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I have recently been involved in a project where we are analyzing employment offers from companies in different markets (SF bay area being one of them).

We have found that one of the biggest factors in getting employment offers is how you position yourself. For instance right now if you are an enterprise engineer with extensive perl or .Net experience this will hurt you if you want to get into a young web company. On the other hand if you are an iOS or Node engineer in SF or can position yourself as an engineering manager then you're likely to find it easier to get job offers.

In general, the data that I've seen suggests that new companies are basically not interested in older technologies. I believe that the problem a lot of older engineers have is that they try to enter the current market by relying on their old skills and that mis-match is interpreted as ageism.

In my experience having experience (and age) is very valuable IF you're a strong engineer and you can apply that experience to the existing technology landscape. Make sure that you're presenting yourself to the right companies with skills in the right technologies and toolsets though or they will not even look at you.

It's pretty silly, though. Node is not a new "technology." It is framework for using Javascript. It is debatable if it is even good. What is more important is someone's grasp of core CS and programming concepts. If a code bootcamper with 6 months of using some fad framework is more valuable than someone with 30 years of experience, why is that? If the code bootcamper can use Nodr, presumably the person with 30 years experience could very easily, as well.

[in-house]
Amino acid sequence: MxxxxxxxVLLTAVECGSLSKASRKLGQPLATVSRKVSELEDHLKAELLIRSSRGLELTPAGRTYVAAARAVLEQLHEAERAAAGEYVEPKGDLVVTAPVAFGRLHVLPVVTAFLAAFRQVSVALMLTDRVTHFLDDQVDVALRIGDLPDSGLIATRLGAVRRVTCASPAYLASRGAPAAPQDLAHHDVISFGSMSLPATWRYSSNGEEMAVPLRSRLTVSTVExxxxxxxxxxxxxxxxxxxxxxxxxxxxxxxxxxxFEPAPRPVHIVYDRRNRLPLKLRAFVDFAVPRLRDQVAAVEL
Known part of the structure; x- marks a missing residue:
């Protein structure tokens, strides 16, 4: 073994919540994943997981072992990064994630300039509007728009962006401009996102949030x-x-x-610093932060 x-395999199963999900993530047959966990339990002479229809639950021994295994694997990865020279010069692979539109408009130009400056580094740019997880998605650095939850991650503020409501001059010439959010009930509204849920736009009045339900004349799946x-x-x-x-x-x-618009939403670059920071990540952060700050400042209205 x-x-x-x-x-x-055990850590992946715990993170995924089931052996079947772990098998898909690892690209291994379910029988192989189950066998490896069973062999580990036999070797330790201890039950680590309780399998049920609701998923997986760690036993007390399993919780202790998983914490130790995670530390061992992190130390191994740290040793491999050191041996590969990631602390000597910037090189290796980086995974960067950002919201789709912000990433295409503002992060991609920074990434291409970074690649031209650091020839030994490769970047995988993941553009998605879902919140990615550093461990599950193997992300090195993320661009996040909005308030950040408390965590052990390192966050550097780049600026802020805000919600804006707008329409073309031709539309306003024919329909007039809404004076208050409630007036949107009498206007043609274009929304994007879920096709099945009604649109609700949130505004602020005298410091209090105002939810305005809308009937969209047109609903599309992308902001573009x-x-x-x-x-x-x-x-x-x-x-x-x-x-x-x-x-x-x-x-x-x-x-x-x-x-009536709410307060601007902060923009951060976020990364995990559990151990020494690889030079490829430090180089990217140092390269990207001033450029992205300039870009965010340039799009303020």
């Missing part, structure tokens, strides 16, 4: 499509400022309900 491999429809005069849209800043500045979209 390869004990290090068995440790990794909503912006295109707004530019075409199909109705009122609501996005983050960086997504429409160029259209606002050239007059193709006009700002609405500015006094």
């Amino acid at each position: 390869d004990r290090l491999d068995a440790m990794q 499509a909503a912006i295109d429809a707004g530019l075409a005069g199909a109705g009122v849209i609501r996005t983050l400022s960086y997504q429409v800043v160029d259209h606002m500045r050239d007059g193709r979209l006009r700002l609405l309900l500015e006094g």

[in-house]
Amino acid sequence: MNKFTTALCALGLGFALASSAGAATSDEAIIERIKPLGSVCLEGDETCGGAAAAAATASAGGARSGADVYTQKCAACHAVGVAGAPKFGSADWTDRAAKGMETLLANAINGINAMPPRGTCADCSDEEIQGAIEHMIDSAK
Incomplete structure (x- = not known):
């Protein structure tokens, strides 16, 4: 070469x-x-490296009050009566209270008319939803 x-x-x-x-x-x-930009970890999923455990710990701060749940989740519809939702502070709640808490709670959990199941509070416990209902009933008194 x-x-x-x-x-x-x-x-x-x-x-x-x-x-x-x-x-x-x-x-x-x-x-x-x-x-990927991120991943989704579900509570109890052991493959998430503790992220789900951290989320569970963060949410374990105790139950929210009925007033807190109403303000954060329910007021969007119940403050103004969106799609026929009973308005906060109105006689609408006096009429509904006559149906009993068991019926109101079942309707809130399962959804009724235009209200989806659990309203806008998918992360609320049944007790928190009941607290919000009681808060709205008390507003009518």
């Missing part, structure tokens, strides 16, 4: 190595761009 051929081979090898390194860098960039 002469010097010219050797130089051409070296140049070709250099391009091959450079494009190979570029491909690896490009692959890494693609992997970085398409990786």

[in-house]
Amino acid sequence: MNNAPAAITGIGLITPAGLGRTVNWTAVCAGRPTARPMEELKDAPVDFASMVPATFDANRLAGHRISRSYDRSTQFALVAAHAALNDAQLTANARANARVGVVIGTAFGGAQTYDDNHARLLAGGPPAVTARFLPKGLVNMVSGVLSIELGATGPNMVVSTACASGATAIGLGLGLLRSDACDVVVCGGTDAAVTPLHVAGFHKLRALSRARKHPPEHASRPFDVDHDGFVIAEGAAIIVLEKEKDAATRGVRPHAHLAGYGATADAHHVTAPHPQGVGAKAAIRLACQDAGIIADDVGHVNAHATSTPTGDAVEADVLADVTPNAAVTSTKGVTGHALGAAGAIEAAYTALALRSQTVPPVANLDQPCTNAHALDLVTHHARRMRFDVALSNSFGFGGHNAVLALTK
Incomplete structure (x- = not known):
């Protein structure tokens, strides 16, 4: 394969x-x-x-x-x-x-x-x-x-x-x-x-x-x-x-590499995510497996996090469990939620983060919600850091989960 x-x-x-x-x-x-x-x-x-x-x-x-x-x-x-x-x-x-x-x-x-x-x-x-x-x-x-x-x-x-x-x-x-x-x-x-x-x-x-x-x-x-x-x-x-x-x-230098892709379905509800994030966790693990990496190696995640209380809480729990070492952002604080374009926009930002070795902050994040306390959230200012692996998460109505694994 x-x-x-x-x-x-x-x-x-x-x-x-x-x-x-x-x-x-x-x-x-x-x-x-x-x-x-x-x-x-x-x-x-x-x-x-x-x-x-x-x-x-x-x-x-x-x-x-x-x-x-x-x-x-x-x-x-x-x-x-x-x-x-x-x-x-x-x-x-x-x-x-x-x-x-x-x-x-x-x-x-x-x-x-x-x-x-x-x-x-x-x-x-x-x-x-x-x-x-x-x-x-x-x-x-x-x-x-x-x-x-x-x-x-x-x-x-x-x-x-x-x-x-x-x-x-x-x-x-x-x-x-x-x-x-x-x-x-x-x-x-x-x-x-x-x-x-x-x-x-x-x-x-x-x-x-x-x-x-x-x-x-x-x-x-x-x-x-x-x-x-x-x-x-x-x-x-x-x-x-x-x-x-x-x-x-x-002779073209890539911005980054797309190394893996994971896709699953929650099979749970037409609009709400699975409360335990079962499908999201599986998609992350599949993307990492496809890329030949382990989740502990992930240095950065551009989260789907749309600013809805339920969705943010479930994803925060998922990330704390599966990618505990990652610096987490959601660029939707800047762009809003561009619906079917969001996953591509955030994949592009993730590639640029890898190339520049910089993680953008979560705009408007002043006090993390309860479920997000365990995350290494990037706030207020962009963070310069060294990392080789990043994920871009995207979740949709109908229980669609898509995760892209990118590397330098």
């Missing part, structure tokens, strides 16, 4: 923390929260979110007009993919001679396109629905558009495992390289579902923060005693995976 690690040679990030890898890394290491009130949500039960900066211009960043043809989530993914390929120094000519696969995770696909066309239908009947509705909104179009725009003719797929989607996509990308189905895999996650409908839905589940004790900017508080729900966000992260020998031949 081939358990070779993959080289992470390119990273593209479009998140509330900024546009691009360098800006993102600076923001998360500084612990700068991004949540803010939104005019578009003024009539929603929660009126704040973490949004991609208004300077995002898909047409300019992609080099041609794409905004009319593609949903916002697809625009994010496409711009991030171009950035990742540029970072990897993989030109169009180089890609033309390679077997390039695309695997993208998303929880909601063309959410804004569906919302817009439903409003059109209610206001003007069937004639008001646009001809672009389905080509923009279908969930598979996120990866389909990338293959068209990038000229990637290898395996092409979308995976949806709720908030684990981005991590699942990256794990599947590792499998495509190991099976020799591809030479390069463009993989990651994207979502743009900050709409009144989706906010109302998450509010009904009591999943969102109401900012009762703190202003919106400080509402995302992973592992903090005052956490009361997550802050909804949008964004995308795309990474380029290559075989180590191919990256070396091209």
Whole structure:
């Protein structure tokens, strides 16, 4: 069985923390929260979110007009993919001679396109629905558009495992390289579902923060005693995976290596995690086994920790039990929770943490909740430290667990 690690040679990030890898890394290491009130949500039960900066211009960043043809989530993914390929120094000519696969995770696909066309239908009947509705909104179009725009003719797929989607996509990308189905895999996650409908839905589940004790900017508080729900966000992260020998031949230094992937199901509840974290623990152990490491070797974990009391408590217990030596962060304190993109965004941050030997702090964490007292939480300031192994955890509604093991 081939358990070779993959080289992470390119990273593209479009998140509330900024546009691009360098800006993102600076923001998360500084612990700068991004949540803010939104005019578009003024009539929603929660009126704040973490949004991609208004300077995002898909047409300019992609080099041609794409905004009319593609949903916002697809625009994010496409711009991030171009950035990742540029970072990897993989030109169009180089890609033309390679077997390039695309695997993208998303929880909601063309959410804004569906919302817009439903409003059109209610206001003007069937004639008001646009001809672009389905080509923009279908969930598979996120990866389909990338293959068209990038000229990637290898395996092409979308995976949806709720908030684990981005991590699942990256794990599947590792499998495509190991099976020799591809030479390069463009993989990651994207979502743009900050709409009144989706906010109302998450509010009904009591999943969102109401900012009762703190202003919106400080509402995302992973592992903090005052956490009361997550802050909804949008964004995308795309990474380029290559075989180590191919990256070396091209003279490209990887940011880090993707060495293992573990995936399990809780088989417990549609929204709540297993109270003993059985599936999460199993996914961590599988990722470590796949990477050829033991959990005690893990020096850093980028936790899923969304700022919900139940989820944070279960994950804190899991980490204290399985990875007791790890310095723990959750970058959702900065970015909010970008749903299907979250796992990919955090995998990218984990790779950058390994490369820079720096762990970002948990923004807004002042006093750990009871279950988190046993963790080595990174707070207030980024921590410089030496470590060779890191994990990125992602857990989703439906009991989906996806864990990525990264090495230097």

Maybe it's just better to not work at these kind of. Dry low technical skill SF "young web" startups. I dunno.

I completely agree. It's strange to me too... but that's what the data shows.

I think it makes sense in a way. If your technology is built on Node then hiring a guy who'd rather work in php or java is not going to be a good fit. He won't go home at night and play with Node to really understand it's strengths and weaknesses and he won't have excitement for the technology -- totally justifiable since at some point all these new frameworks start to feel like re-inventions of the same wheel over and over again.

In my experience there are nice things about working for SF startups --

You're surrounded by people passionate about technology. You're generally working on problems that are small enough where you can have big impact on them yourself. If you want to know how to build a company then it's really good experience.

That said, it's sort of a question of what scale you'd like to work at.

In my experience --

Contracting is fun because you build lots of small stuff and experiment with lots of different technologies and ideas

Startups are fun because you get to actually build and run a product but you have to build everything so sometimes you don't get to venture into those really interesting areas like massive scale or search quality

Enterprise (I haven't done a ton of enterprise work) seems fun because if you're part of the right enterprise then you get to work on problems that are much larger than a startup can work on and work with more resources and more exotic larger problems (wouldn't it be fun to work on self-driving cars?)

The problem is that the hiring risk is greatly amplified if they don't know the stack. If they don't know the stack, they say "Give me a month or two, then you'll see."

Well, in a month or two, what do you get? Who knows. Evaluating anyone from a resume is very difficult. They might be terrible, but you had to give them two months to find out.

If they claim to know the stack, a bad hire has nowhere to hide. They'll be found out much quicker, so you've lost much less.

> why is that?

I tried to answer this, but it boils down to this. No one is going to say "I'm looking for node and boot campers because I don't have a lot of money."

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